Frequently Asked Business Question:
I have heard that the Chancellor announced a new Super Deduction Allowance for Capital Expenditure in his recent Budget. What is this relief and how does it differ from existing Capital Allowance reliefs?
In his recent March Budget, Chancellor Rishi Sunak announced that the UK rate of Corporation Tax was going to have to increase significantly from the current level of 19% to a new level of 25% with effect from 1 April 2023. Therefore, companies have two years to prepare for this tax increase. Those companies that are contemplating significant capital expenditure on new plant and machinery might therefore decide to defer their expenditure plans until after March 2023 so that they will get tax relief at 25% instead of 19%. Mindful of this, the Chancellor has announced a Super Deduction First Year Allowance (SD FYA) which will complement the existing Annual Investment Allowance (AIA). AIA enables 100% tax relief on the first £1m of capital expenditure and has been extended until 31 December 2021.
How the SD FYA works, is that it treats the company as having spent 30% more on the capital expenditure than it actually has spent. Therefore, if a company buys a piece of equipment for £100k, it is treated as having spent £130K. If you multiply £130k X 19%, it equates to approximately £25k of tax relief, and therefore by investing in plant and machinery now, the company is getting virtually the same tax relief as it would were it to defer its expenditure plans until April 2023. This is why the SD FYA has been introduced and it is only available to companies and not the self-employed.
As usual, nothing in the tax world is ever straightforward. The plant and equipment on which SD FYA has been claimed must be separated within the company’s taxation computation and tracked individually as there is a clawback of the allowance on disposal and the amount of the clawback depends on when the plant and machinery is sold. If it is bought and sold in the two-year period 31 April 2023, the disposal proceeds are increased by a notional 30%. If it is sold after 31 March 2024, the proceeds are the actual proceeds received. This means that this headline-grabbing allowance may be significantly reduced in value given the complex disposal clawback rules. This would be particularly relevant for equipment with a short economic life.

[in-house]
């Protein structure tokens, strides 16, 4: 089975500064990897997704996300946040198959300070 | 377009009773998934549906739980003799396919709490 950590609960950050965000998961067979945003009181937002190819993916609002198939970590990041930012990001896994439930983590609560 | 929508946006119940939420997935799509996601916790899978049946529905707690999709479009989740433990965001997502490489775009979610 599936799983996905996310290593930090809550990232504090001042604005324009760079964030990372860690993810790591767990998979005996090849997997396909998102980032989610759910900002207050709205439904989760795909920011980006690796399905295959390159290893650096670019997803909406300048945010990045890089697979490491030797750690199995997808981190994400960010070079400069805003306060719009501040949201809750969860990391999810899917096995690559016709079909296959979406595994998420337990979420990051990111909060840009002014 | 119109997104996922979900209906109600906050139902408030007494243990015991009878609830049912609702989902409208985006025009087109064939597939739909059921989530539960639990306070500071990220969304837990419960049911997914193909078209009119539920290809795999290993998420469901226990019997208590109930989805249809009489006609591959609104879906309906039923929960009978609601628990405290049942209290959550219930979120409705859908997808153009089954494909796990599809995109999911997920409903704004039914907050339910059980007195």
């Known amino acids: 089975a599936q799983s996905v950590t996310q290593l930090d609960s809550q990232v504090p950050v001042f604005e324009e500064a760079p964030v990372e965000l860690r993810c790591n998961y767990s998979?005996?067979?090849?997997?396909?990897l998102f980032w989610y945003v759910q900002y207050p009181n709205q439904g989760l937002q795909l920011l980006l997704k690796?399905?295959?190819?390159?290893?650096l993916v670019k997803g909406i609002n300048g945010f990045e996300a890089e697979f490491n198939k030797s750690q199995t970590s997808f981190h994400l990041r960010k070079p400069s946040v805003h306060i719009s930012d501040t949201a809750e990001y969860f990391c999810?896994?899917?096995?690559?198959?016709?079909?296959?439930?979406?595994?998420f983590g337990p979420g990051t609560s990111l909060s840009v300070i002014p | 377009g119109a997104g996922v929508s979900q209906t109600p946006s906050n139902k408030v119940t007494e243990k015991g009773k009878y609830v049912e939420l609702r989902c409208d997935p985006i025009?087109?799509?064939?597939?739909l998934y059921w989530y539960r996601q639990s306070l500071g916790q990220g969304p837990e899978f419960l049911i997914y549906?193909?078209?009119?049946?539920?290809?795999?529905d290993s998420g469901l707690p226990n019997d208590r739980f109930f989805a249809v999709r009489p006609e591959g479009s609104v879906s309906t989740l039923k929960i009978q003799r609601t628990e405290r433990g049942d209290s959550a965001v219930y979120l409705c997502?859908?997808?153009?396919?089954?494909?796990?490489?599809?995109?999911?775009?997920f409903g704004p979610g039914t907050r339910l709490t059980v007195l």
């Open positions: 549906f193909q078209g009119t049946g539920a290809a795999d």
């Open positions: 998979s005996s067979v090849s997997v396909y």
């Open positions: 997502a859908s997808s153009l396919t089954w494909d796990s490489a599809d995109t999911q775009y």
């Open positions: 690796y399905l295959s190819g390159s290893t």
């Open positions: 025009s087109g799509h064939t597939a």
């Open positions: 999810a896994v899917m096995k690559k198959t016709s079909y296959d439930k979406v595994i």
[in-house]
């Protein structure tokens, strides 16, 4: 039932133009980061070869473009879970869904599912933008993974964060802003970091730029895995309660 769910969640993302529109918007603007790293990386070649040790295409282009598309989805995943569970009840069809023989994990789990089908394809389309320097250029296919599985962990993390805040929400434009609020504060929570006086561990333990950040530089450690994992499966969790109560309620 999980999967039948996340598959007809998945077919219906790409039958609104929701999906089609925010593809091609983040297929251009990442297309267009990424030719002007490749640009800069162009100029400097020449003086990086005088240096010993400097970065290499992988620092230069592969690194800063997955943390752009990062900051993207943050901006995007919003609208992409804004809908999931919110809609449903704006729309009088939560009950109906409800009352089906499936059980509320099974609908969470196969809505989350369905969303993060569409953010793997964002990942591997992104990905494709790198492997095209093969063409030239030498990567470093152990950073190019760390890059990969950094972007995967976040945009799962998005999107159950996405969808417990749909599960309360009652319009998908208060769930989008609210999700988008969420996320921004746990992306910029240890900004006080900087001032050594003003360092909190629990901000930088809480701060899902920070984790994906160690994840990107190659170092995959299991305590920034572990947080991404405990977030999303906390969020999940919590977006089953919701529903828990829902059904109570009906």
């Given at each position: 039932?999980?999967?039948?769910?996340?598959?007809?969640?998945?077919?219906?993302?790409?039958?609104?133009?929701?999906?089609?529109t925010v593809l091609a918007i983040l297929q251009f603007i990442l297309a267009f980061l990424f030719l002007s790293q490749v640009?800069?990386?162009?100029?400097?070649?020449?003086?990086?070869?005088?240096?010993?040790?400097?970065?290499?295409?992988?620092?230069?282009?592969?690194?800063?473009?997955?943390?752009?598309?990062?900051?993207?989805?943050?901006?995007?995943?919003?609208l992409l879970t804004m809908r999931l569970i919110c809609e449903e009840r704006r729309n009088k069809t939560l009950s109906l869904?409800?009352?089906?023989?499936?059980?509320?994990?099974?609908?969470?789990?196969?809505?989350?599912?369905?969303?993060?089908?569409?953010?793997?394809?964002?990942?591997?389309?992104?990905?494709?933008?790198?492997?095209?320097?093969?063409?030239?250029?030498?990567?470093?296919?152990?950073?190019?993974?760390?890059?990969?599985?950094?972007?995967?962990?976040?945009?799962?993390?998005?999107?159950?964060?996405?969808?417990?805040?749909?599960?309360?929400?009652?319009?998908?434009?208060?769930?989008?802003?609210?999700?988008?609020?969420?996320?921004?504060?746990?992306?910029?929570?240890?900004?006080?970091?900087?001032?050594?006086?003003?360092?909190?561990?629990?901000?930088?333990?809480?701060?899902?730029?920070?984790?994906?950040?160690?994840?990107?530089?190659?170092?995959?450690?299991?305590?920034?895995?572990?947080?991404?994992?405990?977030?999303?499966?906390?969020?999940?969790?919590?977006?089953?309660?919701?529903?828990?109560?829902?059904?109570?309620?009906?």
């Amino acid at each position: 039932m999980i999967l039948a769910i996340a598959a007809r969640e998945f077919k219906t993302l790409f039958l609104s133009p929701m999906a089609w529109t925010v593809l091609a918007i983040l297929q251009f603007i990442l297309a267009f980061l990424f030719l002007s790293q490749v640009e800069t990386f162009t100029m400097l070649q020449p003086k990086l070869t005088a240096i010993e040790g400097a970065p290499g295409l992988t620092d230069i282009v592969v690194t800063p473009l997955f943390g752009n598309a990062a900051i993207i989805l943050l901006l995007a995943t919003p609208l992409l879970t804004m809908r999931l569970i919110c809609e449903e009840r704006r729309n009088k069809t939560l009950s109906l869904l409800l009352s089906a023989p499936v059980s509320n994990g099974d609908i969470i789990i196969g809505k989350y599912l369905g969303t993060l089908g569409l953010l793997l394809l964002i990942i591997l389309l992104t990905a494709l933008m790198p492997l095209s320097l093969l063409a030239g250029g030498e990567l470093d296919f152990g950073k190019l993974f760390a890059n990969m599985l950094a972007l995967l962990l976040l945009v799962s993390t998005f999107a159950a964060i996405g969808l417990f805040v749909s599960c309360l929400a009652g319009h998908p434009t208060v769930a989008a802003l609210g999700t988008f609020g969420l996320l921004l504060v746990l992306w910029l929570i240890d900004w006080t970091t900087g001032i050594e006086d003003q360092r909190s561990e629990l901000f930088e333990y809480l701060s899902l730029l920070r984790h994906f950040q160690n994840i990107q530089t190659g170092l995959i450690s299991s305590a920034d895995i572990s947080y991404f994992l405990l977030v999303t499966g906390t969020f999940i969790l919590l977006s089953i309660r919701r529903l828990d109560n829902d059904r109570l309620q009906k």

The SD FYA can only be claimed for the purchase of new and unused assets and the normal date of deemed capital allowance expenditure applies, namely the date upon which there is an unconditional obligation to purchase the plant and equipment unless the actual payment date is more than four months after this date. Given the fact that many businesses acquire refurbished or second-hand equipment, this is how the AIA interacts with the SD FYA as plant and equipment incapable of qualifying for the SD FYA on the grounds that it is refurbished, can be claimed under the AIA rules up to 31 December 2021. Motor cars do not qualify for the SD FYA however, vans and lorries do and as the SD FYA is unlimited in terms of value (unlike the AIA which is capped at £1m), it is likely that businesses that have significant capital expenditure such as haulage companies are likely to replenish their fleets over the next two years.
For more information and/or assistance, please contact our Tax Team who will be pleased to help you.